Presenting that year’s foremost award of the Roosevelt Memorial Association, the ceremony began in the East Room of the White House. President Coolidge honored the three men chosen by their service in the areas of law, statesmanship and education who most exemplified the tenacious spirit and tireless sense of service embodied by the late Theodore Roosevelt. They were Supreme Court Justice Oliver Wendell Holmes, Harvard University’s President-Emeritus Charles W. Eliot, and elder statesman-diplomat Elihu Root. President Eliot, unable to attend, was represented by his friend, philanthropist and financier Jerome D. Greene.
The President first turned to Justice Holmes, saying, “In peace and in war, as a soldier and as a jurist, you have won the gratitude of a nation by your uniformly gracious and patriotic devotion of great talent to its service. One can but well feel very confident that President Roosevelt would have been peculiarly gratified to know that this distinction was to be conferred upon you. This medal will be to you as a testimony to the universal recognition of your great public contributions.”
Presenting the next medal to Mr. Greene, President Eliot’s representative, Coolidge reflected on the great educator’s work, “In making its selection the Committee of Awards has but vindicated the judgment that your countrymen everywhere would have pronounced, if as a body they could have been permitted to make this award. Yours has been a true and an especially impressive conception of the great business of living. Premier for many years among educational leaders, you have maintained standards in which in that field we cannot imagine the future will have reason to question or alter. You have been a guide in your time, and a prophet of our future.”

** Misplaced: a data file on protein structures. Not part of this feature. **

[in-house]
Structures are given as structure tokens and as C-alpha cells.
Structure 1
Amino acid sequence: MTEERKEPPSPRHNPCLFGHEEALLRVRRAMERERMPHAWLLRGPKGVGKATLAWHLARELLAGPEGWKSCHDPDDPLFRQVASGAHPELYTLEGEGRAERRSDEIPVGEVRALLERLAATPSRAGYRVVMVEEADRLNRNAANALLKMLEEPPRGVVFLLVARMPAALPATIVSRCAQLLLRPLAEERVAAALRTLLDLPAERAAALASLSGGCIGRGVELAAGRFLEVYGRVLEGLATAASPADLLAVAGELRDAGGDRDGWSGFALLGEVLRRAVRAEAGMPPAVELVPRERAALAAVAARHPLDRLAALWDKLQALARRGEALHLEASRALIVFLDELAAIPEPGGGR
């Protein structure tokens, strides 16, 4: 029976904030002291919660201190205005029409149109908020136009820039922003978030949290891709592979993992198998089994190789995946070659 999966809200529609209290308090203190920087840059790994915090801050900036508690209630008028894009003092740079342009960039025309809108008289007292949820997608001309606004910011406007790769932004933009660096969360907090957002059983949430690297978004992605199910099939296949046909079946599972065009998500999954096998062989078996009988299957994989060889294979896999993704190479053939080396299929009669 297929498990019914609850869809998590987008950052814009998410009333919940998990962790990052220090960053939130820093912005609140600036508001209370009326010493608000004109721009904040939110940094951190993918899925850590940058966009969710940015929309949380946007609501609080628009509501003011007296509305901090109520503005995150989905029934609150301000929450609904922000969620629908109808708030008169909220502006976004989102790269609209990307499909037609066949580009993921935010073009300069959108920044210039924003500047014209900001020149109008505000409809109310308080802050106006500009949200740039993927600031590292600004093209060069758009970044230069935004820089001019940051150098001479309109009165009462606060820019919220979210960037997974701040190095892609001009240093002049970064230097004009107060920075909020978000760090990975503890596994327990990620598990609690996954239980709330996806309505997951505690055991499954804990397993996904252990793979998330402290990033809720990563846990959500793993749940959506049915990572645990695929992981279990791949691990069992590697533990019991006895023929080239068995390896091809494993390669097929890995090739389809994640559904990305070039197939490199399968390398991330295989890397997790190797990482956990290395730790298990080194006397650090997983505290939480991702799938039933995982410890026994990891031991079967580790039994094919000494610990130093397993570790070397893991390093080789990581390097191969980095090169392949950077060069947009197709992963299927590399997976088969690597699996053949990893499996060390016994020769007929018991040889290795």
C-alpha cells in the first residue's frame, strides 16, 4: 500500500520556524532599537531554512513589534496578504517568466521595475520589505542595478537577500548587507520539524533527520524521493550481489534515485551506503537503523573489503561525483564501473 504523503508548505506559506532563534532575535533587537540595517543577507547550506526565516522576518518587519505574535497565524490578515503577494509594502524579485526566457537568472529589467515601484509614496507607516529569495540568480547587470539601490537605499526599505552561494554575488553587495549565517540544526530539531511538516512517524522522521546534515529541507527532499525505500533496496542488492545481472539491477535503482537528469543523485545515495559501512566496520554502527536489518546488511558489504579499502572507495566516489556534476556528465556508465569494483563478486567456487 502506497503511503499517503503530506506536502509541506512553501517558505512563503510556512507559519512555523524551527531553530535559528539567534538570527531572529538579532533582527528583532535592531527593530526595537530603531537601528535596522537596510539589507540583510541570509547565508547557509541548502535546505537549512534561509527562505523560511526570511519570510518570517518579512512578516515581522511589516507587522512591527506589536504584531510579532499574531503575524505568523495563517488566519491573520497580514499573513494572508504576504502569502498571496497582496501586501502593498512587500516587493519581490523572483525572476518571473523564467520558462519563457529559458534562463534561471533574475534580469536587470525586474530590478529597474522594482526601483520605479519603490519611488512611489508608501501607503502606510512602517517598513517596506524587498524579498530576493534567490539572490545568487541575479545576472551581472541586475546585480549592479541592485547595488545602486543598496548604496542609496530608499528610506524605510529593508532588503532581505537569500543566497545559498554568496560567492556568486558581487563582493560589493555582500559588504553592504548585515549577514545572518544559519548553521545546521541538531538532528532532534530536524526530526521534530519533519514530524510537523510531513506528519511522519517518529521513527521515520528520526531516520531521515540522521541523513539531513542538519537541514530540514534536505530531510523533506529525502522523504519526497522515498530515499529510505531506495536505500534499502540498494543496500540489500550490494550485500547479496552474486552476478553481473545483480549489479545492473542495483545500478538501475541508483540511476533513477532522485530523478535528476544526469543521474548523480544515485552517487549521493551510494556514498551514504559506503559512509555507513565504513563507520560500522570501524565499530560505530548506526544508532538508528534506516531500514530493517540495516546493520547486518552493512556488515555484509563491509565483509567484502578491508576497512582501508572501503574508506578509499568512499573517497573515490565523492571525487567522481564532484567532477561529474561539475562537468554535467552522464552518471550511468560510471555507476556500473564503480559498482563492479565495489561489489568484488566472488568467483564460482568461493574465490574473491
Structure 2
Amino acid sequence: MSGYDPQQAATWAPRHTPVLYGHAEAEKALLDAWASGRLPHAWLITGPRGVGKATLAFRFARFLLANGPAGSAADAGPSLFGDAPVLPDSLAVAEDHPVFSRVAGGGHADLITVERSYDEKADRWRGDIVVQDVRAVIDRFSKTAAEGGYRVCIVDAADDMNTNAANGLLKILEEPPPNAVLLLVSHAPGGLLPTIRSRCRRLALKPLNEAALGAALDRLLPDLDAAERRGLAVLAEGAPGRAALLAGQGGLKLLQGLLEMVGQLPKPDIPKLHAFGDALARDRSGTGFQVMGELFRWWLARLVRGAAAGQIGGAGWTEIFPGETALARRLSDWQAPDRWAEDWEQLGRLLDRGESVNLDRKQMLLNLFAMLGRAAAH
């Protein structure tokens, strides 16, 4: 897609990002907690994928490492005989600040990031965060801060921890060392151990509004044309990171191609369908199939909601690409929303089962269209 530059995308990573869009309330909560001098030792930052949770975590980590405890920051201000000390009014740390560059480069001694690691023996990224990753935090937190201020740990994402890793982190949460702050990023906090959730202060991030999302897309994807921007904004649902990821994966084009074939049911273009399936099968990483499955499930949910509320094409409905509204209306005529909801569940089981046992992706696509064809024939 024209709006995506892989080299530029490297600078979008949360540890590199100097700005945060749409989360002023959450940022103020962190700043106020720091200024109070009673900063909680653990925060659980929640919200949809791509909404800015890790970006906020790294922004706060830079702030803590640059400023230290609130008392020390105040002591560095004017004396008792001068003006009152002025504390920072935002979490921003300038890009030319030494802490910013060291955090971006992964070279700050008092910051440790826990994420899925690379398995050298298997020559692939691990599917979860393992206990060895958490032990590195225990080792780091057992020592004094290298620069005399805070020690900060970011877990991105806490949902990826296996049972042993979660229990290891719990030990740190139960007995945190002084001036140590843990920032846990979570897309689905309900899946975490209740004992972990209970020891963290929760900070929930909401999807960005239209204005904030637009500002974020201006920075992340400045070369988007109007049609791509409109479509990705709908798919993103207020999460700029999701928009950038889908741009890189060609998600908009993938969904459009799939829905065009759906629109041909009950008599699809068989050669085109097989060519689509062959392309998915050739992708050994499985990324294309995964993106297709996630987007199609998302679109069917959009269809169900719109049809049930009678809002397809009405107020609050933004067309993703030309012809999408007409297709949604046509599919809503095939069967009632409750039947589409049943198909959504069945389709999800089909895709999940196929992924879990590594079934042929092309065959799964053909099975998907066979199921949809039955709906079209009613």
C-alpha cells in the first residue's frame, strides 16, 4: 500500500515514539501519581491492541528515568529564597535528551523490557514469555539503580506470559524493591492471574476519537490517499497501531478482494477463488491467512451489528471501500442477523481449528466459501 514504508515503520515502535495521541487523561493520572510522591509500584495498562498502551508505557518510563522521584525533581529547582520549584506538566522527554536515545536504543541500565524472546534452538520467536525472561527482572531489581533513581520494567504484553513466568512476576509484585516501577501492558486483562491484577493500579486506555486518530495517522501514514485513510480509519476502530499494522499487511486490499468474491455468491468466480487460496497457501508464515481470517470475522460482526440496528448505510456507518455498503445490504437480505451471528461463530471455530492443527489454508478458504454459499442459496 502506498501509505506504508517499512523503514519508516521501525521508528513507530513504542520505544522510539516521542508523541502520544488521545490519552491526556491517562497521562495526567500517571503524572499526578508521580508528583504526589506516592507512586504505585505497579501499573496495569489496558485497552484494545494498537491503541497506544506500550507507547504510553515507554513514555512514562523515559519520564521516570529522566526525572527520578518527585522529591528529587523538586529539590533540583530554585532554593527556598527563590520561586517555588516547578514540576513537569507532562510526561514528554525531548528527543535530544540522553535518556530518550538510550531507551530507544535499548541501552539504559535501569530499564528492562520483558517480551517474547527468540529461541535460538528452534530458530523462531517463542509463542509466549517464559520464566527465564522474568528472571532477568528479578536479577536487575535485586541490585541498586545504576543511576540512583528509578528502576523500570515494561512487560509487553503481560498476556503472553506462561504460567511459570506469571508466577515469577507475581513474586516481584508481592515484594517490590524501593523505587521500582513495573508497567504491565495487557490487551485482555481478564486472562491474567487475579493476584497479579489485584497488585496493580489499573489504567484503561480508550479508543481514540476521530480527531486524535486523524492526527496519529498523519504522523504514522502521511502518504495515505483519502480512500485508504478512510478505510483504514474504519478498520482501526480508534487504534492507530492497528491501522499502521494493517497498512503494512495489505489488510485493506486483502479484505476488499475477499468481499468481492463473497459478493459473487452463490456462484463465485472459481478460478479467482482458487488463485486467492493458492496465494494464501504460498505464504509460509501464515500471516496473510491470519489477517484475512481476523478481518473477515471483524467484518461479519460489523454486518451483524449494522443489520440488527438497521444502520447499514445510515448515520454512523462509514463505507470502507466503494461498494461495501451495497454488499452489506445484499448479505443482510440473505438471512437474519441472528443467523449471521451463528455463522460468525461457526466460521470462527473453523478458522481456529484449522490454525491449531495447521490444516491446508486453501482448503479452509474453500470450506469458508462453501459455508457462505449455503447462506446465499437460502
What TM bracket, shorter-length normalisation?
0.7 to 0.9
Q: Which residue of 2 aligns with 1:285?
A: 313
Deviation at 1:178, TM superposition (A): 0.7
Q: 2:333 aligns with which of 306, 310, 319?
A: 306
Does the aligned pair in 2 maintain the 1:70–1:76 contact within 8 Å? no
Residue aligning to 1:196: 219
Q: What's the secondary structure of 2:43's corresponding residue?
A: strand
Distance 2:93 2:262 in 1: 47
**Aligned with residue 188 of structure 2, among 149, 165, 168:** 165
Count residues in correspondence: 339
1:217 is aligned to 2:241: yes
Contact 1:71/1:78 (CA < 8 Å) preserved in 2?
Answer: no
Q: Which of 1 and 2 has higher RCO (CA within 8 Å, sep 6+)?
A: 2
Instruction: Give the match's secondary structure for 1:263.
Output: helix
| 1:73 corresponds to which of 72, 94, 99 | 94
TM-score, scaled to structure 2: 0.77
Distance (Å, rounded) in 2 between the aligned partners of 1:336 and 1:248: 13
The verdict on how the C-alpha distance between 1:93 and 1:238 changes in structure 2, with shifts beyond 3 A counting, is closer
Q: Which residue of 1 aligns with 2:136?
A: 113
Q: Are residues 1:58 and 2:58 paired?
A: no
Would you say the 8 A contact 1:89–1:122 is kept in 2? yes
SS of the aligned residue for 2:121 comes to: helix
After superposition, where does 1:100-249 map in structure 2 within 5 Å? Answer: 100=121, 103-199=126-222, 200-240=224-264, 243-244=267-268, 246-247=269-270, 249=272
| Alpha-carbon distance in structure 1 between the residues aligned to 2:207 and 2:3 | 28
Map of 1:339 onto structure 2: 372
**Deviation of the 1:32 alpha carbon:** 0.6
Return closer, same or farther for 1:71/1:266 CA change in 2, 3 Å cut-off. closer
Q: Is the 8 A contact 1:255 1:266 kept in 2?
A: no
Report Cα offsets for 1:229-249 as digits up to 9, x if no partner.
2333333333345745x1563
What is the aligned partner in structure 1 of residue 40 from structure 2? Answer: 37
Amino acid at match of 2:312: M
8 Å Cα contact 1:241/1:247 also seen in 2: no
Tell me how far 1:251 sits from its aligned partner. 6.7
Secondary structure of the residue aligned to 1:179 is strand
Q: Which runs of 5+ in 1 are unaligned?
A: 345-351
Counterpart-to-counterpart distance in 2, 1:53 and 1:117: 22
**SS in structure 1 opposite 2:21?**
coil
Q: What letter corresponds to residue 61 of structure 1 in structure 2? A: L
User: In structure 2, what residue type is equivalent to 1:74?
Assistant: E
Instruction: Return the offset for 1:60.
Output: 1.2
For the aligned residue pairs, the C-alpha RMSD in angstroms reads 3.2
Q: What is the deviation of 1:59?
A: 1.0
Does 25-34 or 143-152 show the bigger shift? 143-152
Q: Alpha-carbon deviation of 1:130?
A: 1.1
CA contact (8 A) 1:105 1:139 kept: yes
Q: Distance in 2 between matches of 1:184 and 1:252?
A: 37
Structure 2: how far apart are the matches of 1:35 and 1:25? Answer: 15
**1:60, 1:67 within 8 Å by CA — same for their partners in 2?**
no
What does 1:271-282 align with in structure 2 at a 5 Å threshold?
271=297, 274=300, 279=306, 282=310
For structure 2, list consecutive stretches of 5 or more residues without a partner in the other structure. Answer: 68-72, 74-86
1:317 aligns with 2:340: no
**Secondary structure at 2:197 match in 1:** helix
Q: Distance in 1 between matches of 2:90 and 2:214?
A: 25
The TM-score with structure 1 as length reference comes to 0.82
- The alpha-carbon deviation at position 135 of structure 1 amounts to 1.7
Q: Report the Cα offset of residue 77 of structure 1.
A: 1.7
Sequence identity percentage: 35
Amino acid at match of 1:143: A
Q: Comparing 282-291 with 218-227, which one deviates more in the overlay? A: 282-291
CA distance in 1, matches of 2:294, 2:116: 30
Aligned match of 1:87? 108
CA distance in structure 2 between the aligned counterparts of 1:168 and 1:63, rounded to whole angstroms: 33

Turning at last to the final recipient of the award, the President spoke to Elihu Root, “Your career of public service has been among the longest, most noted and varied in our American public life. It has made you known as a scholar, lawyer, statesman and a patriot. You have made America more American and humanity more humane. You have made more secure the peace of nations, and more certain justice among men.”
For a man not given to effusive praise, these are high commendations indeed. Coolidge’s words reflect more than just a politician’s pursuit of favor, they rest upon sober observations of men and what makes for authentic greatness. For Coolidge, it rested eternally on the principle of service.